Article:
Eliminative materialism

Phrenology(Many views based on a “naive theory” of the mind have now been abandoned or refuted, such as phrenology.)

Eliminative materialism, or more simply eliminativism, is in philosophy of mind the position according to which there are nothing but physical states, and according to which mental states are not physical states, so they do not exist. The belief in the existence of such states would be an erroneous conception of the human which would be implicitly admitted by the psychology of common sense (folk psychology). Eliminativism was advanced by leading philosophers, such as Paul Feyerabend or Richard Rorty in the 1960s, and more recently by Paul and Patricia Churchland, as well as Daniel Dennett regarding qualia and subjective aspects of consciousness. It is a radical response to the mind-body problem since it is based on the elimination of the very notion of mind. In this sense, it is opposed to panpsychism, which generalizes the notion.

Proponents of eliminativism accept arguments that aim to show that it is impossible to reduce mental concepts (or at least some of them) to physical concepts. However, they draw the following conclusion: mental concepts must be eliminated from any theory relating to human behavior, as they are from physical theories. Indeed, if a reduction of these concepts does not prove possible, it is because they refer to nothing and must be abandoned. Such an approach is nevertheless compatible with the acceptance of the intentional concepts of ordinary psychology as useful instruments for the prediction of human behavior. However, in its radical form, eliminativism bets that future science will provide us with a method of prediction that can do without these concepts.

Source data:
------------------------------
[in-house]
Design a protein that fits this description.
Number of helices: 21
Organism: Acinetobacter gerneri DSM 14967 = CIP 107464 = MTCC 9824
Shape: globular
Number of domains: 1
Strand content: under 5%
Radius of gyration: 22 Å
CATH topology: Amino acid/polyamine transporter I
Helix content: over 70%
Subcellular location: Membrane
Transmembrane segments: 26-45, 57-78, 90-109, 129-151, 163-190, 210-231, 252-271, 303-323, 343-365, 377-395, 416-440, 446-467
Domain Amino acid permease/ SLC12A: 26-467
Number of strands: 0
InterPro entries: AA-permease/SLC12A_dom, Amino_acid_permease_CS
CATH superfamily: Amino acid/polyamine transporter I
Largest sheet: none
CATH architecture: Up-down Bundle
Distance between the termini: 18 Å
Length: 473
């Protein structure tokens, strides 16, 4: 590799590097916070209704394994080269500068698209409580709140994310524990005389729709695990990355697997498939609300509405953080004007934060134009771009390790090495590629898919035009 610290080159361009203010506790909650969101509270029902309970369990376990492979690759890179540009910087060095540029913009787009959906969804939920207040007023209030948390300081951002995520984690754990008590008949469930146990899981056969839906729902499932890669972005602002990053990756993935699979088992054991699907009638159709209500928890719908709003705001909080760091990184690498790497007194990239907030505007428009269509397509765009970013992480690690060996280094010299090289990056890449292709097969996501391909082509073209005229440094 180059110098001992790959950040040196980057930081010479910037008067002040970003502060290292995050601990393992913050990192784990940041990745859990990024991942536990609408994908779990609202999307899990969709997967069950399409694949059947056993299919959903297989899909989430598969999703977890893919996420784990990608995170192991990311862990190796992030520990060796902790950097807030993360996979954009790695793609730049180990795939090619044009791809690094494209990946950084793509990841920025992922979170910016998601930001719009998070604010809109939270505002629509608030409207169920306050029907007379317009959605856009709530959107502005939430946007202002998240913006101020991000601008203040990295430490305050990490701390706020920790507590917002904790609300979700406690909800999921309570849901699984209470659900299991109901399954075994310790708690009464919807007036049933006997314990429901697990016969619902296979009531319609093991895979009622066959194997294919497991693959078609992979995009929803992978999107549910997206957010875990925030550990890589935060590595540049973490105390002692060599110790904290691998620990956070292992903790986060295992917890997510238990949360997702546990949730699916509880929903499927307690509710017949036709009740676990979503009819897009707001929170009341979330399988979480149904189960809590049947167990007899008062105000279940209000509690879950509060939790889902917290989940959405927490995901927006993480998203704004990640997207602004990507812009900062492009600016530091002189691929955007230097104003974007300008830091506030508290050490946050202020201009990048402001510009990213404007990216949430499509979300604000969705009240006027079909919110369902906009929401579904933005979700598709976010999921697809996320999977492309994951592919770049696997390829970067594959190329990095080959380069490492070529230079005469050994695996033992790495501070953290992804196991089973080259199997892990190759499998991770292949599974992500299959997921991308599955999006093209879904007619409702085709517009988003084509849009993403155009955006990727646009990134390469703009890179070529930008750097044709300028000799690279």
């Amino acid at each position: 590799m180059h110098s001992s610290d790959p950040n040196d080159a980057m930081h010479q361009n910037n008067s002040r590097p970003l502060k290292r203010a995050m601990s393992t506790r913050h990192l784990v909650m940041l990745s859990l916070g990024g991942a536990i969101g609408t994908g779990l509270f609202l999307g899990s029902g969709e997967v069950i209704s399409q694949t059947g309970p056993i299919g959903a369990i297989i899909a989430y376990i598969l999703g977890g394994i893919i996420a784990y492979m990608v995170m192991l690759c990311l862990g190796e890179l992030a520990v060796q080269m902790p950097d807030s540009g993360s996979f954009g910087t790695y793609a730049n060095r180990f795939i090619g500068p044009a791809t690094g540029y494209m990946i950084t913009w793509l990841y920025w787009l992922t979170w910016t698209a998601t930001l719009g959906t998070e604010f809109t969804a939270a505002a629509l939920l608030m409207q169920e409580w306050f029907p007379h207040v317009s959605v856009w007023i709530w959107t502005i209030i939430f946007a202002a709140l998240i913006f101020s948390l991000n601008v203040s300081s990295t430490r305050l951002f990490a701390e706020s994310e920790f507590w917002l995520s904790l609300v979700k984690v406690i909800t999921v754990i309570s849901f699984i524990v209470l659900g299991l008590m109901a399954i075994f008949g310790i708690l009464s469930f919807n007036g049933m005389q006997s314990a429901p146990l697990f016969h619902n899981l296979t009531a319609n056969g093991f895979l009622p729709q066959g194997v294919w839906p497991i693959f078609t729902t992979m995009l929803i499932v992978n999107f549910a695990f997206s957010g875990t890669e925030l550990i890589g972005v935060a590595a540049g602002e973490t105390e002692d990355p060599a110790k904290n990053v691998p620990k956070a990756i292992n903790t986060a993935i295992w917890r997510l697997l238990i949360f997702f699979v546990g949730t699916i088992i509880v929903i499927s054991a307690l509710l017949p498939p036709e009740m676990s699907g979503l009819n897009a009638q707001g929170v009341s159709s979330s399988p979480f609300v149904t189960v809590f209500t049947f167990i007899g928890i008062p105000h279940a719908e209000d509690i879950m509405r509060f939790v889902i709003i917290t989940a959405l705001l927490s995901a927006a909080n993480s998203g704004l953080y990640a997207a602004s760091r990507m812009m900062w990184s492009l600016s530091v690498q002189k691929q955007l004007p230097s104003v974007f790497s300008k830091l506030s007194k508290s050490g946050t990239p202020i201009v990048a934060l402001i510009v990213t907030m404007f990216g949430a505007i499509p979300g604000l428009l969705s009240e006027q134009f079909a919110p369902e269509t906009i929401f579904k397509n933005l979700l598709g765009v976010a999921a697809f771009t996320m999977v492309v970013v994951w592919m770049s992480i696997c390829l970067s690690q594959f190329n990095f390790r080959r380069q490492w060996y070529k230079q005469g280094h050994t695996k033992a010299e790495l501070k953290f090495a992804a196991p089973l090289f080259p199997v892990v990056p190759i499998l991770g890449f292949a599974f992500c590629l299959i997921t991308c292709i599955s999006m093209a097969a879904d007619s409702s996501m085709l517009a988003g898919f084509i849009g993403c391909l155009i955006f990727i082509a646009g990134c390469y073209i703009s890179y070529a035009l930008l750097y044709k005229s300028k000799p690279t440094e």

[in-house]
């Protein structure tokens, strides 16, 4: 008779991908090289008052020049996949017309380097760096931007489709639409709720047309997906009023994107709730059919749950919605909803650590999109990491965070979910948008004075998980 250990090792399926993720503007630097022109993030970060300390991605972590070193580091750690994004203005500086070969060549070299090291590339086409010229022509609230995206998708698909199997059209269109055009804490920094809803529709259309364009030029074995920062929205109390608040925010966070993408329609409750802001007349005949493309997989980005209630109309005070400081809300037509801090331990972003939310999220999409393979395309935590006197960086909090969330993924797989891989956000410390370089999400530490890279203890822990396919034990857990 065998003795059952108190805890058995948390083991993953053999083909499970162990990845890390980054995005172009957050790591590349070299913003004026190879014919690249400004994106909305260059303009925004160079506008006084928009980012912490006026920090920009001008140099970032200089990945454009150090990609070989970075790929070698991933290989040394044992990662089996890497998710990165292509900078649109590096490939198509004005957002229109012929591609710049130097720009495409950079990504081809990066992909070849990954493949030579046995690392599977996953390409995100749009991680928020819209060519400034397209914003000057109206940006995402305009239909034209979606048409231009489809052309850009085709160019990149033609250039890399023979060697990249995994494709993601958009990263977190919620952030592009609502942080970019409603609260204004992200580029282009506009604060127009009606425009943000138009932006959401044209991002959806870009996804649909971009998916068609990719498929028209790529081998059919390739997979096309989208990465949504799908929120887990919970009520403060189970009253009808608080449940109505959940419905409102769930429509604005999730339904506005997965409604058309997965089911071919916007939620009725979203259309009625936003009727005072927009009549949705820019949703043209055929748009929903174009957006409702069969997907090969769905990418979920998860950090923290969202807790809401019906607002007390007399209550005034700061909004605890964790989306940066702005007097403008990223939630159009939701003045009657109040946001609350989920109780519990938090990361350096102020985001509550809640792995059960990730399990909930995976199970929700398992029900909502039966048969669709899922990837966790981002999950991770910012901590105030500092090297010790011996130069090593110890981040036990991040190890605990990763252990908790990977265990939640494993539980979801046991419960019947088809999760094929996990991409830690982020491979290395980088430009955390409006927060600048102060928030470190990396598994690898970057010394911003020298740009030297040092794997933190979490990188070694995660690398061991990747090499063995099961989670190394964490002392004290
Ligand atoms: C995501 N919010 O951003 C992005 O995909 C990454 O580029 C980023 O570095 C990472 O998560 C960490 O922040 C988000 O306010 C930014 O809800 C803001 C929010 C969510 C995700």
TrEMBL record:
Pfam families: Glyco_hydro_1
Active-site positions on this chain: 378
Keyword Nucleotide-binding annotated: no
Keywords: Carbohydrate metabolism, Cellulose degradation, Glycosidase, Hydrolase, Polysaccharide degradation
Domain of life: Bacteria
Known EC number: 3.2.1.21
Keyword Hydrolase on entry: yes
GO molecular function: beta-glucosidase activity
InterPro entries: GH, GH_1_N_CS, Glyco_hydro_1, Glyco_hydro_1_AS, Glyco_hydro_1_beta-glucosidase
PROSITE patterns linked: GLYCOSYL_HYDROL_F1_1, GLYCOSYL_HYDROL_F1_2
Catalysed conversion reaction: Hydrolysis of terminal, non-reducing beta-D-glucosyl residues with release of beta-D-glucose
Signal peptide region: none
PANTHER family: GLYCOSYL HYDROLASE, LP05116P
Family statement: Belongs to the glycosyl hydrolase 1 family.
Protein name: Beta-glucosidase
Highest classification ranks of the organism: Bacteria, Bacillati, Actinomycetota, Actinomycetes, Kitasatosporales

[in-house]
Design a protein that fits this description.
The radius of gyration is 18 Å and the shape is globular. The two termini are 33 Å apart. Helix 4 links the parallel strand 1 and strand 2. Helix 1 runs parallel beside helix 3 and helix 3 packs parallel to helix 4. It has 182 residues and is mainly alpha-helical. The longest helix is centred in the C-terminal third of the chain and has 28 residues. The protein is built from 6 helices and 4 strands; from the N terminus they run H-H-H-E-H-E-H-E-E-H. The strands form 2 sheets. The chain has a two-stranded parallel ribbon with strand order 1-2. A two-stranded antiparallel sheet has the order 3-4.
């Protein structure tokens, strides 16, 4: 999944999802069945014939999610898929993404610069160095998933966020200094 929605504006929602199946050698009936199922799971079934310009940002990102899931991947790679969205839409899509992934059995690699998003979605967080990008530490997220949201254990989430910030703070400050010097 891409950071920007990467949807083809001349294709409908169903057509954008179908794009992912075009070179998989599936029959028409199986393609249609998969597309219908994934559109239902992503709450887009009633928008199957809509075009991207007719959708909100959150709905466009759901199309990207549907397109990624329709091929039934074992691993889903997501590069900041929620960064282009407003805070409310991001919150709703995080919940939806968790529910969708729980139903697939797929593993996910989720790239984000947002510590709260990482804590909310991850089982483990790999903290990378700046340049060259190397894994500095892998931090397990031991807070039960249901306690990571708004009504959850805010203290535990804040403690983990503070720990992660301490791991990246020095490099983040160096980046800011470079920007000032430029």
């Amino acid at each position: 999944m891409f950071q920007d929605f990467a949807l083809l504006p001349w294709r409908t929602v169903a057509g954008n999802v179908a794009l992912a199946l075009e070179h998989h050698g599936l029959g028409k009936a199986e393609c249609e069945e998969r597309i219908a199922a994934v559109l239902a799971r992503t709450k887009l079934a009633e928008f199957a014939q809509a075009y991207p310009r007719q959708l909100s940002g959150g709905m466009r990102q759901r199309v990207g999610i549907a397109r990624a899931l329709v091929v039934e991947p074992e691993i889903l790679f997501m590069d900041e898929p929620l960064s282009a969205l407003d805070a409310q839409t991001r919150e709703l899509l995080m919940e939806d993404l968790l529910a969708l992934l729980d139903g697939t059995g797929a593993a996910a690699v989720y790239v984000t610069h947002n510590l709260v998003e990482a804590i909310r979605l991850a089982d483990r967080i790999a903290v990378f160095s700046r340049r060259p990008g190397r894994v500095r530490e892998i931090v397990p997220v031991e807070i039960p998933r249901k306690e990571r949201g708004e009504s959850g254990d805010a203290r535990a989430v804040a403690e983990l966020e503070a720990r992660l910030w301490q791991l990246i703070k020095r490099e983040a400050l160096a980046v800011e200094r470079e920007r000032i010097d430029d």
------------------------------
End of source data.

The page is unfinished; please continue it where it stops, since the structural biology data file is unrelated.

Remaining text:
According to eliminativism, the notion of mind on which common-sense psychology is based is not simply insufficient to explain human behavior and the nature of cognitive activities, it is in itself erroneous. It is the whole framework of common-sense psychology which then constitutes a false and misleading conception of the causes of human action and cognition. Therefore, we cannot hope to solve the mind-body problem by seeking to reduce mental concepts to physical ones. Since the former do not refer to anything in nature, no term-to-term correspondence can be established between them and physical concepts. The inter-theoretical reduction promoted by reductionism is therefore doomed to failure. We should therefore not expect mature neurosciences to solve the mind-body problem, but only to dissolve it by replacing the old theoretical framework in which it arose.

(Includes texts from Wikipedia translated and adapted by Nicolae Sfetcu)